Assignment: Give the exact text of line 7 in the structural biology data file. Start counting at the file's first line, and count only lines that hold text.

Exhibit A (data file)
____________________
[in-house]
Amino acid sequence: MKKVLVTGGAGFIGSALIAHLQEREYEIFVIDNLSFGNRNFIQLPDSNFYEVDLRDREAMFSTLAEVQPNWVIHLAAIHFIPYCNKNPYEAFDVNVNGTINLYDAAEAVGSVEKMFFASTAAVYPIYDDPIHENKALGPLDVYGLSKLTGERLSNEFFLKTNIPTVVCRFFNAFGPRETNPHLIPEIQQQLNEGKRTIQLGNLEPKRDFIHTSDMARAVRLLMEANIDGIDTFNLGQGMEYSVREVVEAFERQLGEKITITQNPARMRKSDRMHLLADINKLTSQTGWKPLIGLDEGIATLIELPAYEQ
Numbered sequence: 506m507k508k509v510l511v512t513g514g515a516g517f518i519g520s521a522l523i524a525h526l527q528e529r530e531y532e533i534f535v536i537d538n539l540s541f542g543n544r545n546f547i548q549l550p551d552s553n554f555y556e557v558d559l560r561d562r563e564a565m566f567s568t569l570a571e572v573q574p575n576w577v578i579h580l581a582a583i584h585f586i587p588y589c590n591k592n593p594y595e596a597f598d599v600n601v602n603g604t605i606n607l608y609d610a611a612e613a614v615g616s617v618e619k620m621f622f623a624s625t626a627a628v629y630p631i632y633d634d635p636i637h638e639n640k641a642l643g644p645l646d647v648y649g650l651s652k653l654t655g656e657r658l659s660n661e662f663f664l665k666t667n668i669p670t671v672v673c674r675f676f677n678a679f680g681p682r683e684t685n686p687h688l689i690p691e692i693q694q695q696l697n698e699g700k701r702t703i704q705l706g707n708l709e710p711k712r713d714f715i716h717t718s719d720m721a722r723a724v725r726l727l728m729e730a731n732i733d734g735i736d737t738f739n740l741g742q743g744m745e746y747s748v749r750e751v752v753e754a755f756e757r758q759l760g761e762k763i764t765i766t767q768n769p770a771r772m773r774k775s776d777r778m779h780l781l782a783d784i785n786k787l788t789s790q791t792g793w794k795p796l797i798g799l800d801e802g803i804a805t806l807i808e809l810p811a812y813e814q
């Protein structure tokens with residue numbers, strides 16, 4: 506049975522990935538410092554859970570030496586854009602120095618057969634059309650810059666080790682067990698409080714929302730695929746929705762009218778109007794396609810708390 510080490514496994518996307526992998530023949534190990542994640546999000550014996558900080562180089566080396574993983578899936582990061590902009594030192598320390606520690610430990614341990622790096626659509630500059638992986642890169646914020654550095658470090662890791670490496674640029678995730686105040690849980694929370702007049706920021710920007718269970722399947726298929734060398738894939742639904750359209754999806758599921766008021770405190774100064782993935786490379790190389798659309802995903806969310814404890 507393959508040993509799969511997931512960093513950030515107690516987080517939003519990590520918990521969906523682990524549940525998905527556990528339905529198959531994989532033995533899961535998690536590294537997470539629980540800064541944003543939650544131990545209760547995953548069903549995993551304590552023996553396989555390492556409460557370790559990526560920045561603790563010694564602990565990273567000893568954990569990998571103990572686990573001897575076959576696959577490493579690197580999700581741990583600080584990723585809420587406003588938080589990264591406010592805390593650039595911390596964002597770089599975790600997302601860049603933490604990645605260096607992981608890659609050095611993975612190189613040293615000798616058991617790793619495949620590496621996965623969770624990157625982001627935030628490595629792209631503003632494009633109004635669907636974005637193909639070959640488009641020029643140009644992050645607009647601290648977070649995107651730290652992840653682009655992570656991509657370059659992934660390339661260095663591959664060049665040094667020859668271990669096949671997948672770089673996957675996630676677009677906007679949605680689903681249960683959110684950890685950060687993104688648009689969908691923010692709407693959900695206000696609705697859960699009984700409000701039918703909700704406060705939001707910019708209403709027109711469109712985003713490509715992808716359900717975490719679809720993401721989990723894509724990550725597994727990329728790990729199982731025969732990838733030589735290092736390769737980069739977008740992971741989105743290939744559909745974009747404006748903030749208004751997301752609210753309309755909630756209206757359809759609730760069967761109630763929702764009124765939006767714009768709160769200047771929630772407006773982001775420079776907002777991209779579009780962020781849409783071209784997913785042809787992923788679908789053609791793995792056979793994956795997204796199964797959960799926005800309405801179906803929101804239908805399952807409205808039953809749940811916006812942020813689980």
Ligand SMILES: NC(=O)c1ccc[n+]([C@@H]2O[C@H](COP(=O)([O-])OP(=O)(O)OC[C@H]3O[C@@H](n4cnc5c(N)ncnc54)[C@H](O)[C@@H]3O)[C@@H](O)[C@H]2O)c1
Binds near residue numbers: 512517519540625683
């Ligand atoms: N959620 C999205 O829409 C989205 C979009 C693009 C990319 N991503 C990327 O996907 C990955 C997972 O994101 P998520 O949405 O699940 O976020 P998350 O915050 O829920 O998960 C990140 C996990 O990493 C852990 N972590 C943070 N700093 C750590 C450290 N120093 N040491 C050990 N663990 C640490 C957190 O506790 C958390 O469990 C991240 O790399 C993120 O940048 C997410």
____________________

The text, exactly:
């Ligand atoms: N959620 C999205 O829409 C989205 C979009 C693009 C990319 N991503 C990327 O996907 C990955 C997972 O994101 P998520 O949405 O699940 O976020 P998350 O915050 O829920 O998960 C990140 C996990 O990493 C852990 N972590 C943070 N700093 C750590 C450290 N120093 N040491 C050990 N663990 C640490 C957190 O506790 C958390 O469990 C991240 O790399 C993120 O940048 C997410």